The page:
This is the result of a lifetime of internal alchemy. Compassion is something that you can teach people, but it requires sustained effort over a long time. In other words, it is a kung fu.


There is a complexity to compassion however. You need to learn what is and is not something to get upset or compassionate about. It is easy to see the simple problem when a gang of criminals rob you. But there are types of crime that are totally invisible unless you have the information needed and the intelligence to "make the connection". There are also a great many responses that one can have to any given situation. It is one thing to recite the Metta Sutta when you are the passive recipient of violence, it is another thing altogether to find a way to act on the basis of the urgings of your compassionate heart. And once you accept that compassion is more than just passively responding to whatever conventional morality dictates as being "bad", then there has to be some sort of process for deciding when and how one needs to respond.


The gravest crisis that the human race has ever faced is in front of us right now. Climate change is something that could potentially lead to suffering and death on a scale that dwarfs anything else that has ever confronted humanity. Unfortunately there is a very large fraction of the human population who simply cannot make the intellectual leap to see climate change as being a moral issue. In other words, a lot of the people who can see this first image and think "that's evil"

Why is this an image of evil that requires a compassionate response?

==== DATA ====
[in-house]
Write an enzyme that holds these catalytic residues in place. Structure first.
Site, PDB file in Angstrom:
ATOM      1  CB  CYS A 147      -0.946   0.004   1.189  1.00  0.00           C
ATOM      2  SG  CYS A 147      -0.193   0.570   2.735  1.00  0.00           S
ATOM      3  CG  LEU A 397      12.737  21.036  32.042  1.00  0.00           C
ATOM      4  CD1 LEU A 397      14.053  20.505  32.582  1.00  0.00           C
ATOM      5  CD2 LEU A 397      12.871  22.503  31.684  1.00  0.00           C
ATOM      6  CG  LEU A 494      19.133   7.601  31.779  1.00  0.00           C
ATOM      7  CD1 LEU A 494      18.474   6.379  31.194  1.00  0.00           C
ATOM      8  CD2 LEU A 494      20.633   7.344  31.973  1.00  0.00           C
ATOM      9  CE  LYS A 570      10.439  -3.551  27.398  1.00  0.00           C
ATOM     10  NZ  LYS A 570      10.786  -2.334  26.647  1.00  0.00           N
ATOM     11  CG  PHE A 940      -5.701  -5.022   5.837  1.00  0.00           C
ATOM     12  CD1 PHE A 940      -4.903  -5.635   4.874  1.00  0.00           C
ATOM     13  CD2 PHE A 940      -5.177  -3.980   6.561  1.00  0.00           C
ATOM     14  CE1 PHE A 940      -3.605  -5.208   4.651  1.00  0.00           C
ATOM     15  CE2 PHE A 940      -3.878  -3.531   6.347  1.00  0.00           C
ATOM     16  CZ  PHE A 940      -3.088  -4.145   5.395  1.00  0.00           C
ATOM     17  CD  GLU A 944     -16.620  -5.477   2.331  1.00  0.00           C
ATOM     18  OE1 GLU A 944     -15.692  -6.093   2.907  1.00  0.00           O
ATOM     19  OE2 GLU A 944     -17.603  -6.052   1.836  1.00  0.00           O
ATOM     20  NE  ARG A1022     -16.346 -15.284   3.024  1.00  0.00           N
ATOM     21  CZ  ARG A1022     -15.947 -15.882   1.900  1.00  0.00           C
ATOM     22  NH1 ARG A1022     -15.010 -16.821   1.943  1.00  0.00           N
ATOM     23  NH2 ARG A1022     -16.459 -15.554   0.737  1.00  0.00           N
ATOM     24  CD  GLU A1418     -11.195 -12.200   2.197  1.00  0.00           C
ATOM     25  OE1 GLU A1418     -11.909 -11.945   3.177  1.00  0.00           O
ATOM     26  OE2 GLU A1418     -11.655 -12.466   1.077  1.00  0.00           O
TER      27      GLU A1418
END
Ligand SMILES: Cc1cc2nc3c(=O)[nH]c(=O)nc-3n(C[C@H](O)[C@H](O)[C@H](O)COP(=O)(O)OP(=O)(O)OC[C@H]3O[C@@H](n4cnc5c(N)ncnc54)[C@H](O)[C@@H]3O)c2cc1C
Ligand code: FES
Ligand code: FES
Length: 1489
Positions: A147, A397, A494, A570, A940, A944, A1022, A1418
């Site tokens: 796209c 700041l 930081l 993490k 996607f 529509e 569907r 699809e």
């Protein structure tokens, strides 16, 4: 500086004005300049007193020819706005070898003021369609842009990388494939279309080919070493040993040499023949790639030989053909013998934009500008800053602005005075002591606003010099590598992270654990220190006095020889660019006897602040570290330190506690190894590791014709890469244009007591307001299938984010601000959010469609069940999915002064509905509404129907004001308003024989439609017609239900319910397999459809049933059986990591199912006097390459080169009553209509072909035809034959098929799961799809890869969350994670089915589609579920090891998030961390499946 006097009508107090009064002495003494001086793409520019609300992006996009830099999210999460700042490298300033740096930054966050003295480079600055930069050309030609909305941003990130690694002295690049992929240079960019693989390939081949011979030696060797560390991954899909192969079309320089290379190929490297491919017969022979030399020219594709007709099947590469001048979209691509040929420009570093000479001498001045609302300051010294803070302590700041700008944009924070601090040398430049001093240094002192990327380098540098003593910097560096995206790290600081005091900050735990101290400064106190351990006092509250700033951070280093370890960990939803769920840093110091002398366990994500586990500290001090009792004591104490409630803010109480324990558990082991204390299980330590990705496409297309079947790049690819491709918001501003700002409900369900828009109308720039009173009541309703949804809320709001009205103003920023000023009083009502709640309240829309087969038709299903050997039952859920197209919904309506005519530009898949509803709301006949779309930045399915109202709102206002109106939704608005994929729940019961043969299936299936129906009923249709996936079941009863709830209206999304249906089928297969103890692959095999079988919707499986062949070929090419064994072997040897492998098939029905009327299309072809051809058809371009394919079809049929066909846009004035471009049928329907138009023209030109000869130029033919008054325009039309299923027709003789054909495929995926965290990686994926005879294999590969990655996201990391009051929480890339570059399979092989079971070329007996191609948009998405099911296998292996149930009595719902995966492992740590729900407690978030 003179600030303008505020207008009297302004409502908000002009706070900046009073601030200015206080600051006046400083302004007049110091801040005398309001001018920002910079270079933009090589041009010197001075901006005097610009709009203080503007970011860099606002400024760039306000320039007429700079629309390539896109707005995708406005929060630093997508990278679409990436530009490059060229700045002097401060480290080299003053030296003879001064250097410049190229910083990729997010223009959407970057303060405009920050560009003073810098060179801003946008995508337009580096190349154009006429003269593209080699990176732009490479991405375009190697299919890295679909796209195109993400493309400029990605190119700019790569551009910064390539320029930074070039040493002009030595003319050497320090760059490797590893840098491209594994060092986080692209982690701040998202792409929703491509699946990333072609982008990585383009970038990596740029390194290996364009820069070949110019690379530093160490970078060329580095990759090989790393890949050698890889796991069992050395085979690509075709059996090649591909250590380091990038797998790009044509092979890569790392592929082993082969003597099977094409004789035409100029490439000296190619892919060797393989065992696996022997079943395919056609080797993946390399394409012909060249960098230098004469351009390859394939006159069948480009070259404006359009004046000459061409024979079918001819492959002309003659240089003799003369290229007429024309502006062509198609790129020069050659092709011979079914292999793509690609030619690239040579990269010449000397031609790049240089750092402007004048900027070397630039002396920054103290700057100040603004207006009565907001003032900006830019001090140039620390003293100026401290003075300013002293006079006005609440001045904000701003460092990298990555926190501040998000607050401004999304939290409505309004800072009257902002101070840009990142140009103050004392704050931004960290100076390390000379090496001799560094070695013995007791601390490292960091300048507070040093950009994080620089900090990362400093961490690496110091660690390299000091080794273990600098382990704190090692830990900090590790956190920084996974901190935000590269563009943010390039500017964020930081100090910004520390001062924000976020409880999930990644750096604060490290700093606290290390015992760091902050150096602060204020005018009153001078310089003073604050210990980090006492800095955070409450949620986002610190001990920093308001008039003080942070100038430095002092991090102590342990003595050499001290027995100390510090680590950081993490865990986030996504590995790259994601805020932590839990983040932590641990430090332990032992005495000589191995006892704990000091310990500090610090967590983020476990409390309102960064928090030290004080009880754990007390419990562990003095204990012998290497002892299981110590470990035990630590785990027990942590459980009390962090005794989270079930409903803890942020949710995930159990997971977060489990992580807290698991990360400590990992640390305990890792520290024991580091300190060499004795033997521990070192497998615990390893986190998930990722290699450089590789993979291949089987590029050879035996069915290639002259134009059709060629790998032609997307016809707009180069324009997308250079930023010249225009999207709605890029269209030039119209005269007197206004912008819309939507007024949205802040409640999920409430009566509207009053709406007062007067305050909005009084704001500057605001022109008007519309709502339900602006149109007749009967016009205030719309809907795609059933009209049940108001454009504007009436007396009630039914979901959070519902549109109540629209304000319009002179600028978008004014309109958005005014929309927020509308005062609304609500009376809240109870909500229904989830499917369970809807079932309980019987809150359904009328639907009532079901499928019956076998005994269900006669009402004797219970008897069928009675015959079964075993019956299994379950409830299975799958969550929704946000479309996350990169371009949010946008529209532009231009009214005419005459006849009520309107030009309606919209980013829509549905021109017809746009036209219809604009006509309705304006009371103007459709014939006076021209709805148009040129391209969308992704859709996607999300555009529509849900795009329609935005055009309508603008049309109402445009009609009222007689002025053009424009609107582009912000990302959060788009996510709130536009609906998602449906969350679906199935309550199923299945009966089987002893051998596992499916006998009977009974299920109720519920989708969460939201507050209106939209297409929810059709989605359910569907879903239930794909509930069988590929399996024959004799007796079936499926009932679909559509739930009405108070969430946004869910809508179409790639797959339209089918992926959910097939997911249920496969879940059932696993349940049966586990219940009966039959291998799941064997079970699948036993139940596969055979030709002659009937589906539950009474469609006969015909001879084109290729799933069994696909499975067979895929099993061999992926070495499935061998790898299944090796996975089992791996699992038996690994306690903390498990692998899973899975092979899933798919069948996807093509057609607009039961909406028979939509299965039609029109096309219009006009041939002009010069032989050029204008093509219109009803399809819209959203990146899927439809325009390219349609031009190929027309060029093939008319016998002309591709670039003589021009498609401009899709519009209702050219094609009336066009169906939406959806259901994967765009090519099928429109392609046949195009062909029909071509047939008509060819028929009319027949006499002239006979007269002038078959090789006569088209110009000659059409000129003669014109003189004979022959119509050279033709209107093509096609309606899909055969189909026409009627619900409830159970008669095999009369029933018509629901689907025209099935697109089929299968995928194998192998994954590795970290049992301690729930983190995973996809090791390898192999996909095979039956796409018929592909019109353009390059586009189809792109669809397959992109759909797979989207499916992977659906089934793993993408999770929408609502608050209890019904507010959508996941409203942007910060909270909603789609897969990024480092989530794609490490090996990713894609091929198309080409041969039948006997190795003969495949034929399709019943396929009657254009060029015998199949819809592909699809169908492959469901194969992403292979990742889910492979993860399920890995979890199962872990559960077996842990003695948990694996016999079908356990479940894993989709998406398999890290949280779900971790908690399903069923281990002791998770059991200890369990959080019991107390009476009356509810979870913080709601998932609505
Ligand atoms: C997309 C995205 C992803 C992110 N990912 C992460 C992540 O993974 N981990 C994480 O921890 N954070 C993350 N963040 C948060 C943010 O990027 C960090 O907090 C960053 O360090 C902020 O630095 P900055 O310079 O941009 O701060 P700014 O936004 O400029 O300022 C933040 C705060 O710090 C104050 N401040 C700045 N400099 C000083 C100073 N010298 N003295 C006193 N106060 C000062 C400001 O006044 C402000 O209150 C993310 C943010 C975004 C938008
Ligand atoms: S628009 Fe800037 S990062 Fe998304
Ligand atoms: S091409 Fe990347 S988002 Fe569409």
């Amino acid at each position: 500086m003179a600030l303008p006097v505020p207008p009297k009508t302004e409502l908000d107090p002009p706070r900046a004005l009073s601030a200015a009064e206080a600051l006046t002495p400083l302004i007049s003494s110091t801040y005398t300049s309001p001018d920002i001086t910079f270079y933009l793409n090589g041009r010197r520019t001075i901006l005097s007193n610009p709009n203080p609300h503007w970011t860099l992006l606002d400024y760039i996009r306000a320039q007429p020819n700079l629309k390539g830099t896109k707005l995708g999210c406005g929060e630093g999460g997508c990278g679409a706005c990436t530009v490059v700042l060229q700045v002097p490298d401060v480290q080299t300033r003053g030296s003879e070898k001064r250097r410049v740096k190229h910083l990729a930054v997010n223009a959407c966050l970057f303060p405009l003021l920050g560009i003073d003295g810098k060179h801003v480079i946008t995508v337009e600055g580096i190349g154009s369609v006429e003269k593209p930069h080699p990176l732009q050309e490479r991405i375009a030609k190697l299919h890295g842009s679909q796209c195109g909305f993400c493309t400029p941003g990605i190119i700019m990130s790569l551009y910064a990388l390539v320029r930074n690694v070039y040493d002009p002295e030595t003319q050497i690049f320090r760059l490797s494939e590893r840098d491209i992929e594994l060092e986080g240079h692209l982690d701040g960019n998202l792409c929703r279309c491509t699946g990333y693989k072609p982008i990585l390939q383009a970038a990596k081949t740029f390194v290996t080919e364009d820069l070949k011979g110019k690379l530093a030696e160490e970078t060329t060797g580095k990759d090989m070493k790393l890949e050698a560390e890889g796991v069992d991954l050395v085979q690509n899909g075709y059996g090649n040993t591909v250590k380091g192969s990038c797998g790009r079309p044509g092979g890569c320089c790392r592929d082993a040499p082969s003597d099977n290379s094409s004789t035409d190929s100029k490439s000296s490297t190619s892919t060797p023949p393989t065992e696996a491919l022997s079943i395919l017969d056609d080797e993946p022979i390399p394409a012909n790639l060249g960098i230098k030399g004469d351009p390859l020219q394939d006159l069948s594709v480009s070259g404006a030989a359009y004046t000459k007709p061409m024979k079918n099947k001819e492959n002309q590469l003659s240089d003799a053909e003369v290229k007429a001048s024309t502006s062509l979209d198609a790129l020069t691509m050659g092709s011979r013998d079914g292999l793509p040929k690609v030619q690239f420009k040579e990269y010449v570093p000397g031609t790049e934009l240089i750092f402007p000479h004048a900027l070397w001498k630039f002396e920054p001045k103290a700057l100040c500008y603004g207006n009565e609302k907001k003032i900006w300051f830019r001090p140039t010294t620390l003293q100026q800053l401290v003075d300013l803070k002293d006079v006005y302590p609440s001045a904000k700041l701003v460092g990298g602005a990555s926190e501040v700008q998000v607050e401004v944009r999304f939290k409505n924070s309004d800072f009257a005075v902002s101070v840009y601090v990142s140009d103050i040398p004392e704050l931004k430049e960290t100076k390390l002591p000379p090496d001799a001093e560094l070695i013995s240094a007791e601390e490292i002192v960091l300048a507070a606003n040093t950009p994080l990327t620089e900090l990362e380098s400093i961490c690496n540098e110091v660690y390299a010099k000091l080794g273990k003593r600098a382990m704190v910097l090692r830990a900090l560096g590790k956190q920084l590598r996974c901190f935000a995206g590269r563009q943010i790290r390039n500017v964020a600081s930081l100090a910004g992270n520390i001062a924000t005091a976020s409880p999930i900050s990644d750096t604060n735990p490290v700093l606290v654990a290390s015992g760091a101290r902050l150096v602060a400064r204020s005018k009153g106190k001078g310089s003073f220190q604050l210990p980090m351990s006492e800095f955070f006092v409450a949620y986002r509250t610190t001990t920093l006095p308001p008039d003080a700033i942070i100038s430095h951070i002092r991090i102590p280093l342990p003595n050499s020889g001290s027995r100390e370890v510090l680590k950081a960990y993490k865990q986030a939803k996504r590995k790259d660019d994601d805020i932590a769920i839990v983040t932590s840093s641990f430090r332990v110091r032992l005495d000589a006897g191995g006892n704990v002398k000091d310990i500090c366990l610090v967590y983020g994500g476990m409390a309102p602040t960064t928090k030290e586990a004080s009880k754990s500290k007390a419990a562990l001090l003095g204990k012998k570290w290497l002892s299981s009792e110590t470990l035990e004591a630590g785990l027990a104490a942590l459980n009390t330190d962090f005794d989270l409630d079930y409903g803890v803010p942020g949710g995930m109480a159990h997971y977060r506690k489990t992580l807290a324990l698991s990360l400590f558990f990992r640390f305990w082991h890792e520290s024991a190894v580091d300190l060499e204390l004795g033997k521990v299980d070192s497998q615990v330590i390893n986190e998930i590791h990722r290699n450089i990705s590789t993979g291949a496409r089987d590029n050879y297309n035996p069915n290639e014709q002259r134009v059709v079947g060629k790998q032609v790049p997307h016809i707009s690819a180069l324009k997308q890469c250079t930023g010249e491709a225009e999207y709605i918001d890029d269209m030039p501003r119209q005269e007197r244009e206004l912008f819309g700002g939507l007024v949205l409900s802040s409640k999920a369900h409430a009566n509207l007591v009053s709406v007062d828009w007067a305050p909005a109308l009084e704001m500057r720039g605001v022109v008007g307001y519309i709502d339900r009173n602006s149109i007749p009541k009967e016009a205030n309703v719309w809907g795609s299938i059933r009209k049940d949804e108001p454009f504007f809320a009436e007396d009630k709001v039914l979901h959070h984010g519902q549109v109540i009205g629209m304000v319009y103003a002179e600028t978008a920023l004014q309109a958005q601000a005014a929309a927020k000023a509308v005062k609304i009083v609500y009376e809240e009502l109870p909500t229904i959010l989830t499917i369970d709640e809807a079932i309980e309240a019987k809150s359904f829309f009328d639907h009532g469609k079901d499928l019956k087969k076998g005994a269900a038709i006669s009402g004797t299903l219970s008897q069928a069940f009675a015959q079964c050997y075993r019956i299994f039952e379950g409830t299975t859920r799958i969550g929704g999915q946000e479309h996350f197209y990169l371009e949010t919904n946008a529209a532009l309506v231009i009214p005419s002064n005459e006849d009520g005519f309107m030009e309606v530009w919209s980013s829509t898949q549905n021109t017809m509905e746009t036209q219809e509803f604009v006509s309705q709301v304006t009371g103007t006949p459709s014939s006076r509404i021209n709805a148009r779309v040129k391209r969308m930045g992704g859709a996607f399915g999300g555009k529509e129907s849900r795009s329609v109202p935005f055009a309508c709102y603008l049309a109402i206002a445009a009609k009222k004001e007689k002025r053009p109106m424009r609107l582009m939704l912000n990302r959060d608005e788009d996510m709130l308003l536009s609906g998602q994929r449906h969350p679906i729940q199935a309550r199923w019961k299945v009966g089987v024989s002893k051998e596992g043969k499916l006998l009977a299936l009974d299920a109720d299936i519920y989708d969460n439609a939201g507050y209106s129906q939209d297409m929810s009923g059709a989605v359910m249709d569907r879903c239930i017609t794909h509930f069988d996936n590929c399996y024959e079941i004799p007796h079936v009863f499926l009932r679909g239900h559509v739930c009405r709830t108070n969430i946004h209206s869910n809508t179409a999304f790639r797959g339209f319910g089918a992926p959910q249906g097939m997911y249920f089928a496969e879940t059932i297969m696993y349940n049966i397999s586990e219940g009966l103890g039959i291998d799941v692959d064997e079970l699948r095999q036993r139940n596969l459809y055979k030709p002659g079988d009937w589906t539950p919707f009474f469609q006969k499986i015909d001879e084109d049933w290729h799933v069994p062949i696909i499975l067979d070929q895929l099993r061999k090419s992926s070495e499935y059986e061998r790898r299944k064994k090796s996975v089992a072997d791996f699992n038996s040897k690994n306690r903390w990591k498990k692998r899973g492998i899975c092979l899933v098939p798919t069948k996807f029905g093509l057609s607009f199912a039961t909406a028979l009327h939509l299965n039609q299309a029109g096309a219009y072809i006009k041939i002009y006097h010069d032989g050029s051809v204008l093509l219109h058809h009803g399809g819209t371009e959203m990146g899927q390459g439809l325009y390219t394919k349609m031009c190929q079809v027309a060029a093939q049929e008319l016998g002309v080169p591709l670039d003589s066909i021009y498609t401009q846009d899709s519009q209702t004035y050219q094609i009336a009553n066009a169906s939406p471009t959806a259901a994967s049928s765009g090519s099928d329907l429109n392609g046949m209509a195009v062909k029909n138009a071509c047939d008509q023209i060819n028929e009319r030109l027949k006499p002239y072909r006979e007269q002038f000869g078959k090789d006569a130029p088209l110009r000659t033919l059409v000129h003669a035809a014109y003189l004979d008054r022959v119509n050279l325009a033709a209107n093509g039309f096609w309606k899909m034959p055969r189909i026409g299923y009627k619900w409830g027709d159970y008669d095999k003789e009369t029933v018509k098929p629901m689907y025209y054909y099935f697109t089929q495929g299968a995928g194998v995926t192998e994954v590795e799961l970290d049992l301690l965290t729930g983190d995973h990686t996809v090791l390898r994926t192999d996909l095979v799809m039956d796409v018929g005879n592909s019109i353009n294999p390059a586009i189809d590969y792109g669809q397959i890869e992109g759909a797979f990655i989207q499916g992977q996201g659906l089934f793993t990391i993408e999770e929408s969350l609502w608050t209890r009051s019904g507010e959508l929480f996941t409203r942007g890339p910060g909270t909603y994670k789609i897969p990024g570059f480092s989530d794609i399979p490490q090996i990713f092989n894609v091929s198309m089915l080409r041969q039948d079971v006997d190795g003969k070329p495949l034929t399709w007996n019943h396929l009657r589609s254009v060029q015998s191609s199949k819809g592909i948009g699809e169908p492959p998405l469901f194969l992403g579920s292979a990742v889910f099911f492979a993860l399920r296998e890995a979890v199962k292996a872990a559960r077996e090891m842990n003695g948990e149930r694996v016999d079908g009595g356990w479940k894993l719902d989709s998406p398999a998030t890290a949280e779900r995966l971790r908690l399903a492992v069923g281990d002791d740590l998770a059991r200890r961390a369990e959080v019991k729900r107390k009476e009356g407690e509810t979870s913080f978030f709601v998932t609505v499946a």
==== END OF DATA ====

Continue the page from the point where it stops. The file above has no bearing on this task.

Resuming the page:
But this is one of prosperity and has nothing at all to do with compassion? 
see the second one and think "good paying jobs". Because others (like myself) can see the connection between burning fossil fuels and things like droughts, wild fires, hurricanes and typhoons, famine and flooding, we don't see much difference between the two scenes. Both are "all about" insane human decisions leading to a great deal of suffering. So it isn't just enough to be compassionate, it is also important to have the intelligence to be able to see suffering in all its forms---not just the ones that have been neatly identified by conventional teachings.


The problem is even deeper than this. Feeling compassionate towards others is something passive. Ethics isn't just about feeling one way or another when confronted by a situation. It should also be about people's actions. It isn't just about not doing bad, it is also about actually doing things to prevent, end, and, redress it. It isn't enough to just follow the rule "thou shalt not kill", it is also about "thou shalt actively protect the defenseless".